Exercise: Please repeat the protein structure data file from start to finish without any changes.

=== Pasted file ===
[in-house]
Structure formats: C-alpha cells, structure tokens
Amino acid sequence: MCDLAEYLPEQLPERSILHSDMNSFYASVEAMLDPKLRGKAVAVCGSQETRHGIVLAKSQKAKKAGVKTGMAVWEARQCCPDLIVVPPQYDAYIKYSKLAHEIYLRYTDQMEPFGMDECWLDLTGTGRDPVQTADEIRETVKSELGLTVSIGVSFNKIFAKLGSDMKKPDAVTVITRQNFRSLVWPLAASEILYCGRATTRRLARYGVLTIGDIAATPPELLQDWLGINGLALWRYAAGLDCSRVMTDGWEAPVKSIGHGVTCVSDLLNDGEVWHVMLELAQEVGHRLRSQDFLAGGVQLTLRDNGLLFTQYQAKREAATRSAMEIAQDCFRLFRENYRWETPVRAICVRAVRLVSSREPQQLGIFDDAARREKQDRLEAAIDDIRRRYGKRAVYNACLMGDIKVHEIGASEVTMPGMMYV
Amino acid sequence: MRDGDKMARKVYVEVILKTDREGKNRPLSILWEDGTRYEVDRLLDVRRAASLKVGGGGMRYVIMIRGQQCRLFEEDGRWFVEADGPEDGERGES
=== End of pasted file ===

[in-house]
Structure formats: C-alpha cells, structure tokens
Amino acid sequence: MCDLAEYLPEQLPERSILHSDMNSFYASVEAMLDPKLRGKAVAVCGSQETRHGIVLAKSQKAKKAGVKTGMAVWEARQCCPDLIVVPPQYDAYIKYSKLAHEIYLRYTDQMEPFGMDECWLDLTGTGRDPVQTADEIRETVKSELGLTVSIGVSFNKIFAKLGSDMKKPDAVTVITRQNFRSLVWPLAASEILYCGRATTRRLARYGVLTIGDIAATPPELLQDWLGINGLALWRYAAGLDCSRVMTDGWEAPVKSIGHGVTCVSDLLNDGEVWHVMLELAQEVGHRLRSQDFLAGGVQLTLRDNGLLFTQYQAKREAATRSAMEIAQDCFRLFRENYRWETPVRAICVRAVRLVSSREPQQLGIFDDAARREKQDRLEAAIDDIRRRYGKRAVYNACLMGDIKVHEIGASEVTMPGMMYV
Amino acid sequence: MRDGDKMARKVYVEVILKTDREGKNRPLSILWEDGTRYEVDRLLDVRRAASLKVGGGGMRYVIMIRGQQCRLFEEDGRWFVEADGPEDGERGES